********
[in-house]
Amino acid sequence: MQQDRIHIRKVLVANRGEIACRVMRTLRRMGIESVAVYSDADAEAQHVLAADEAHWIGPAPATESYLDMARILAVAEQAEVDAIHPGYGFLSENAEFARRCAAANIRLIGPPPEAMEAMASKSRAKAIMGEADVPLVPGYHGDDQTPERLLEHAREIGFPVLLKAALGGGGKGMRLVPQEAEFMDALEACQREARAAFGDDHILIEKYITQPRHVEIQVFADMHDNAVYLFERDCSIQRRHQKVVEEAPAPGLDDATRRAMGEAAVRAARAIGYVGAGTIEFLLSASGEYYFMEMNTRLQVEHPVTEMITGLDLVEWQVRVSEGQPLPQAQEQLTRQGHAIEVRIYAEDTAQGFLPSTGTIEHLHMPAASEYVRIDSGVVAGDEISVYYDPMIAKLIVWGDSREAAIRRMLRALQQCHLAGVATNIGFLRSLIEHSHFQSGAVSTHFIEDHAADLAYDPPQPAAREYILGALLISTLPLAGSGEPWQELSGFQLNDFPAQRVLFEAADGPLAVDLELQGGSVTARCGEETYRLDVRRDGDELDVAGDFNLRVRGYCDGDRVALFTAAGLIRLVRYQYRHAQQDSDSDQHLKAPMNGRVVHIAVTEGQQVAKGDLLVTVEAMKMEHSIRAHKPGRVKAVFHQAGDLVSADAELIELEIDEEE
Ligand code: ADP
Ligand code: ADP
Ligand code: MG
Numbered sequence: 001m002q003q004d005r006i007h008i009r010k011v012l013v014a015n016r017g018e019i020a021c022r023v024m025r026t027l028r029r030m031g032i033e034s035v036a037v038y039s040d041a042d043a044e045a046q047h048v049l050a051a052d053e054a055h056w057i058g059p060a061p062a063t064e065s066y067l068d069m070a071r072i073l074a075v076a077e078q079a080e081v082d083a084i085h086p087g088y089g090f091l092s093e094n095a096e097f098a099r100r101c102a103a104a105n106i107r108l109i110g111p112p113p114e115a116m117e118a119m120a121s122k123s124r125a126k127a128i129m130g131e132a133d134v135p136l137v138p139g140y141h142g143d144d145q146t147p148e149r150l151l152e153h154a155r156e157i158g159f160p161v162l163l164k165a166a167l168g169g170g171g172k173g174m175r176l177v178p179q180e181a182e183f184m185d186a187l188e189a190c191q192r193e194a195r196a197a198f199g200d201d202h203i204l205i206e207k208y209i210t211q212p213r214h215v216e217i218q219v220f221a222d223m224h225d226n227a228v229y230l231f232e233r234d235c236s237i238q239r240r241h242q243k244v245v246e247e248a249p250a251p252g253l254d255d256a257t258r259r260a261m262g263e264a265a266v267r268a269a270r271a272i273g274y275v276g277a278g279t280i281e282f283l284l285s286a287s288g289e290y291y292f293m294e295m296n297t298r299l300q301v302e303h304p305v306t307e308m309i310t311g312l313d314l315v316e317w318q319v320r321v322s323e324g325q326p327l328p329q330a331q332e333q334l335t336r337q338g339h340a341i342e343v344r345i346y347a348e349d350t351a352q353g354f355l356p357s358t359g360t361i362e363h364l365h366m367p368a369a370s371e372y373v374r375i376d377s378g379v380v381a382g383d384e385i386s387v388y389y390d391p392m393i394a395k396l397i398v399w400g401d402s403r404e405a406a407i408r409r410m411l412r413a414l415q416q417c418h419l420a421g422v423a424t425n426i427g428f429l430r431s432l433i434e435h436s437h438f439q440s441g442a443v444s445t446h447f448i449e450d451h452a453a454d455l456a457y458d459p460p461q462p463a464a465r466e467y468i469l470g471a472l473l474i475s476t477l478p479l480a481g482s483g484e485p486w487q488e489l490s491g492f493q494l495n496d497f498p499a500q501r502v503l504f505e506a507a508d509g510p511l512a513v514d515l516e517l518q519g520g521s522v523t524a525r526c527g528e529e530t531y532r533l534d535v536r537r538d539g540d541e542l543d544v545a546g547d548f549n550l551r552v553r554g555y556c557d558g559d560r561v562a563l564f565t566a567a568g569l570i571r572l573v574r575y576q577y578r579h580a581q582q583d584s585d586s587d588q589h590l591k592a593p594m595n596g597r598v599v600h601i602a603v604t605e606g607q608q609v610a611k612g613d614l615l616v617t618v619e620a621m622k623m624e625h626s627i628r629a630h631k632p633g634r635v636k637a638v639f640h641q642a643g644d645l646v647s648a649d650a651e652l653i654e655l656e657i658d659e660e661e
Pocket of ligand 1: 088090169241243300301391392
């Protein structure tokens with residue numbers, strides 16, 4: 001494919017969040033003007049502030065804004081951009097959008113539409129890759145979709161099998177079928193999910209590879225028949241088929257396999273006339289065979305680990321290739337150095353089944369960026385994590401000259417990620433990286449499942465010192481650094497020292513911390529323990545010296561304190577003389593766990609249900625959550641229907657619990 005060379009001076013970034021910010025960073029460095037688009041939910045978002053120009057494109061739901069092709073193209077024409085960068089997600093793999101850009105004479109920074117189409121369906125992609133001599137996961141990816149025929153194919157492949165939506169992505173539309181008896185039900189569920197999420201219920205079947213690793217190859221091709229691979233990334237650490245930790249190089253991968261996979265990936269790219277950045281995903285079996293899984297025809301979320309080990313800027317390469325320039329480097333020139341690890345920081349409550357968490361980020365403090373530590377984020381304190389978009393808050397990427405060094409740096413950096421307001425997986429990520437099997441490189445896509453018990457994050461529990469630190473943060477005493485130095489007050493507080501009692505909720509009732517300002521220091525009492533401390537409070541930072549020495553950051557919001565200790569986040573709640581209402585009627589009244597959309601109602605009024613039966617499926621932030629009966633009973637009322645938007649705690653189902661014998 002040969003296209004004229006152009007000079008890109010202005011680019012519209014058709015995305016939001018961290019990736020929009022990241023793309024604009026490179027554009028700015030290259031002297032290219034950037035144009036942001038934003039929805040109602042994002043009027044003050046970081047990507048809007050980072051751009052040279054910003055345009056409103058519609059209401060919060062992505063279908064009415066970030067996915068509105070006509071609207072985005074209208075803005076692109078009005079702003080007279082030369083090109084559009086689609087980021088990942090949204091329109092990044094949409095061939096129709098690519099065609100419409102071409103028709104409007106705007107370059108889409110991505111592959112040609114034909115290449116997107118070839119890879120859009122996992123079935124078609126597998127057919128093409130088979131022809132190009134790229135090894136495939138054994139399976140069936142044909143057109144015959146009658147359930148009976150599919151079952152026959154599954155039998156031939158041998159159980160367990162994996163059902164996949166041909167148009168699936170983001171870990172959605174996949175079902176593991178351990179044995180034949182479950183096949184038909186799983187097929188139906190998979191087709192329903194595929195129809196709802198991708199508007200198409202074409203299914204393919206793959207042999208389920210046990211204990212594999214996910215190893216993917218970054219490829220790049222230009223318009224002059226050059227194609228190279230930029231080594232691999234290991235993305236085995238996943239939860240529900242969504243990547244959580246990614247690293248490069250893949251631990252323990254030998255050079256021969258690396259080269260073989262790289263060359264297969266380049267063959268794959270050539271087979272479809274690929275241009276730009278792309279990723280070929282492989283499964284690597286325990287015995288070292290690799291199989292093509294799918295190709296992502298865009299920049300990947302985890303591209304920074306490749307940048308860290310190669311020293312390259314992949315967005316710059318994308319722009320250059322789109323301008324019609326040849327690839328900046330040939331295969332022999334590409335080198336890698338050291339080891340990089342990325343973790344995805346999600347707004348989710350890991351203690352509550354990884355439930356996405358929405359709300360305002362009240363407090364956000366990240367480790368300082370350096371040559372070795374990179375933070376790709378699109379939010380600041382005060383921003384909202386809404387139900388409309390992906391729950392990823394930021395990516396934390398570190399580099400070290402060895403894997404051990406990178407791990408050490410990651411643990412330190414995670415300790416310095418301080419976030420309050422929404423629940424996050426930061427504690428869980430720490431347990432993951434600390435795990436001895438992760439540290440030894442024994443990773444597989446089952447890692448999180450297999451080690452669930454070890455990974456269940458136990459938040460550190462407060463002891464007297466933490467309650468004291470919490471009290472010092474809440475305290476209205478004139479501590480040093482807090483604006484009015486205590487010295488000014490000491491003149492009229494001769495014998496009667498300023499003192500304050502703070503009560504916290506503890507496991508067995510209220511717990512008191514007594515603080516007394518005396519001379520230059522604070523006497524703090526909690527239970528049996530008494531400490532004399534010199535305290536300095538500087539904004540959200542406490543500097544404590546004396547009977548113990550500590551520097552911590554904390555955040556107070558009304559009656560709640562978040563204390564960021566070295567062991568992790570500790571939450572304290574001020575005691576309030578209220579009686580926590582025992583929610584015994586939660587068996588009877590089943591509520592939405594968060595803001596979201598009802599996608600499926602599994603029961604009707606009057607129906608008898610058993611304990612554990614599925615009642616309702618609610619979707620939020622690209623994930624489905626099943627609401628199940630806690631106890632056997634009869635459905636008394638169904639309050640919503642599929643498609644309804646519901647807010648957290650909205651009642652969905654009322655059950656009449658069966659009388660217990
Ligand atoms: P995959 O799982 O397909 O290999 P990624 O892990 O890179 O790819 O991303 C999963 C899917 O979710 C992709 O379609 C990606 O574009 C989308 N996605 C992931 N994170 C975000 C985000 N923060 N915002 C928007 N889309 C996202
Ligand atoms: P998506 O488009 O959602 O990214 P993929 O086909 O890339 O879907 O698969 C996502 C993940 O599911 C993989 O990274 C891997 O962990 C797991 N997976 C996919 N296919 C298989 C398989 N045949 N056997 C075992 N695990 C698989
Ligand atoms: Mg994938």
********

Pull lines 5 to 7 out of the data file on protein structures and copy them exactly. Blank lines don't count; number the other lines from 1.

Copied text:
Ligand code: MG
Numbered sequence: 001m002q003q004d005r006i007h008i009r010k011v012l013v014a015n016r017g018e019i020a021c022r023v024m025r026t027l028r029r030m031g032i033e034s035v036a037v038y039s040d041a042d043a044e045a046q047h048v049l050a051a052d053e054a055h056w057i058g059p060a061p062a063t064e065s066y067l068d069m070a071r072i073l074a075v076a077e078q079a080e081v082d083a084i085h086p087g088y089g090f091l092s093e094n095a096e097f098a099r100r101c102a103a104a105n106i107r108l109i110g111p112p113p114e115a116m117e118a119m120a121s122k123s124r125a126k127a128i129m130g131e132a133d134v135p136l137v138p139g140y141h142g143d144d145q146t147p148e149r150l151l152e153h154a155r156e157i158g159f160p161v162l163l164k165a166a167l168g169g170g171g172k173g174m175r176l177v178p179q180e181a182e183f184m185d186a187l188e189a190c191q192r193e194a195r196a197a198f199g200d201d202h203i204l205i206e207k208y209i210t211q212p213r214h215v216e217i218q219v220f221a222d223m224h225d226n227a228v229y230l231f232e233r234d235c236s237i238q239r240r241h242q243k244v245v246e247e248a249p250a251p252g253l254d255d256a257t258r259r260a261m262g263e264a265a266v267r268a269a270r271a272i273g274y275v276g277a278g279t280i281e282f283l284l285s286a287s288g289e290y291y292f293m294e295m296n297t298r299l300q301v302e303h304p305v306t307e308m309i310t311g312l313d314l315v316e317w318q319v320r321v322s323e324g325q326p327l328p329q330a331q332e333q334l335t336r337q338g339h340a341i342e343v344r345i346y347a348e349d350t351a352q353g354f355l356p357s358t359g360t361i362e363h364l365h366m367p368a369a370s371e372y373v374r375i376d377s378g379v380v381a382g383d384e385i386s387v388y389y390d391p392m393i394a395k396l397i398v399w400g401d402s403r404e405a406a407i408r409r410m411l412r413a414l415q416q417c418h419l420a421g422v423a424t425n426i427g428f429l430r431s432l433i434e435h436s437h438f439q440s441g442a443v444s445t446h447f448i449e450d451h452a453a454d455l456a457y458d459p460p461q462p463a464a465r466e467y468i469l470g471a472l473l474i475s476t477l478p479l480a481g482s483g484e485p486w487q488e489l490s491g492f493q494l495n496d497f498p499a500q501r502v503l504f505e506a507a508d509g510p511l512a513v514d515l516e517l518q519g520g521s522v523t524a525r526c527g528e529e530t531y532r533l534d535v536r537r538d539g540d541e542l543d544v545a546g547d548f549n550l551r552v553r554g555y556c557d558g559d560r561v562a563l564f565t566a567a568g569l570i571r572l573v574r575y576q577y578r579h580a581q582q583d584s585d586s587d588q589h590l591k592a593p594m595n596g597r598v599v600h601i602a603v604t605e606g607q608q609v610a611k612g613d614l615l616v617t618v619e620a621m622k623m624e625h626s627i628r629a630h631k632p633g634r635v636k637a638v639f640h641q642a643g644d645l646v647s648a649d650a651e652l653i654e655l656e657i658d659e660e661e
Pocket of ligand 1: 088090169241243300301391392